Fourth, official inflows picked up substantially in the second quarter - jumping from $25 b in q1 to $82 b in q2. For the last four quarters, official inflows have totaled $278 b even without Japanese reserve accumulation. And I think that total understates the full contribution foreign central banks are making to the financing of the US deficit. It leaves out offshore dollar deposits by central banks that help finance private inflows, and it is not clear to me that the US data is picking up all central bank inflows either. Reports of the end of central bank support have been exaggerated. In q2, foreign central banks build up their on shore bank accounts (up by almost $34b), so they provided over $80 b in total financing despite only buying a bit less than $23 b of Treasuries.
A small rant: the TIC "stock" data shows total central bank holdings of treasuries (bills and notes) falling by $5.3b in q1, and rising by $5.9b in q2. The BEA flow data shows a much larger inflow -- $14.3 b in q1, $22.7 b in q2. Their "securities" data does not match the TIC data for inflows into Treasuries in q2 (notes purchases of $37.4b according to the July TIC release), so it must be including the q2 fall off in bills (-30.6b). But for the life of me, I cannot figure out how these numbers match up. Help appreciated.
Fifth, both overall inflows and overall outflows were way up in q2 - largely because of a surge in claims on US banks which were offset by a surge in US bank claims on the rest of the world. Those flows usually offset, so I think they (and claims reported by non-banks) should be netted out for most purposes. Making that adjustment, foreigners invested $224.6 b in the US, and Americans invested $70.2 b abroad. That left $154-155 b to finance the US current account deficit. Not enough in other words. The gap is even bigger if you include all the bank flows: the "gap" (or statistical discrepancy) between the amount needed to finance the current account deficit and US outflows and recorded inflows was $54b. The gap in the first two quarters of this year exceeds the gap from all of last year -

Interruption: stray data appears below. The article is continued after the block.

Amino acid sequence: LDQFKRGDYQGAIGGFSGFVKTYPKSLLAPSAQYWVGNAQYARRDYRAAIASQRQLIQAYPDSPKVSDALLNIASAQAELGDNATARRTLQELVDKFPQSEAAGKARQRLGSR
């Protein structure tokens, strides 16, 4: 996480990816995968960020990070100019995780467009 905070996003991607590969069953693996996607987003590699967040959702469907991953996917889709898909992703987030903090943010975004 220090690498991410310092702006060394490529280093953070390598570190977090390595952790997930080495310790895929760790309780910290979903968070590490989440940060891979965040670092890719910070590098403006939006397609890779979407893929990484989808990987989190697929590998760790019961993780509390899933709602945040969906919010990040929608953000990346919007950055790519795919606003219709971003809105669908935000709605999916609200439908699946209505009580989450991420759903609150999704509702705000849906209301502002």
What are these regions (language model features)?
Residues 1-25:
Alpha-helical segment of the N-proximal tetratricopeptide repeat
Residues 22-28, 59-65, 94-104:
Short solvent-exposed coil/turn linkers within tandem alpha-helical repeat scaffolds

I don't know what that means. But it is puzzling.
Turning briefly to the July TIC data:
1) China bought $12.6 b of long-term US securities in July -- $6.65-6.7 b of Treasuries, $4 b of Agencies, $1.95 b of US corporate debt. It also bought $1.3 b of "foreign" bonds from US residents - perhaps world bank bonds, perhaps something else. It financed those purchases in part by running down its holdings of Treasury bills - its T-bill holdings fell by $8.25 billion. All told, the net recorded inflow from China was $5.6-$5.7 b. Compare that with reserve accumulation of probably $20 b in July. For the year, Chinese purchases of t-bills and long-term debt securities (including Chinese purchase of "foreign bonds" recorded in the US data) provided $54.3 b in financing to the US. That is well under 50% of my estimate for the increase in the China's reserves (including reserves transferred to the banks).
2) Japanese demand for US debt was reasonably strong in July - Japanese investors bought $9.8 b of Treasuries, Agencies and corporate debt. $7.9b of that total came from Agency purchase.
3) The UK (meaning god only knows) continues to be the biggest source of demand for Treasury bonds ...